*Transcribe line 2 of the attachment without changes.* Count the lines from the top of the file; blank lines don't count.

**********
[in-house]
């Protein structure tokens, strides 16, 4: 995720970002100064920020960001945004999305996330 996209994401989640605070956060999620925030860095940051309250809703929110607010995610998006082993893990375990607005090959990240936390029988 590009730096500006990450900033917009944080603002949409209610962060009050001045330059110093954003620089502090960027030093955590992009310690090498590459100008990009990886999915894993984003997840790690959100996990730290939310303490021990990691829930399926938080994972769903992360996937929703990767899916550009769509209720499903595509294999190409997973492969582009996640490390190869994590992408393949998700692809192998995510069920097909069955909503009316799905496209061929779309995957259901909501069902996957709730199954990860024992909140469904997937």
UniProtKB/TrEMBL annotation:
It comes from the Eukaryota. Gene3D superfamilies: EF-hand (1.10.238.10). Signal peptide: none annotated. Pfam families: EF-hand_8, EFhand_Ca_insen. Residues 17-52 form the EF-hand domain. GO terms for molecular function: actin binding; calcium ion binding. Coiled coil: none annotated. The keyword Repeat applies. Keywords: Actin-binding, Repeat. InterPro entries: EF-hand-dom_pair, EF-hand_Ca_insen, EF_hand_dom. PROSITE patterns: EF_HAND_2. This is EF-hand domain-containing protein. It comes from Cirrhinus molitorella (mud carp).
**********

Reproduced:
């Protein structure tokens, strides 16, 4: 995720970002100064920020960001945004999305996330 996209994401989640605070956060999620925030860095940051309250809703929110607010995610998006082993893990375990607005090959990240936390029988 590009730096500006990450900033917009944080603002949409209610962060009050001045330059110093954003620089502090960027030093955590992009310690090498590459100008990009990886999915894993984003997840790690959100996990730290939310303490021990990691829930399926938080994972769903992360996937929703990767899916550009769509209720499903595509294999190409997973492969582009996640490390190869994590992408393949998700692809192998995510069920097909069955909503009316799905496209061929779309995957259901909501069902996957709730199954990860024992909140469904997937």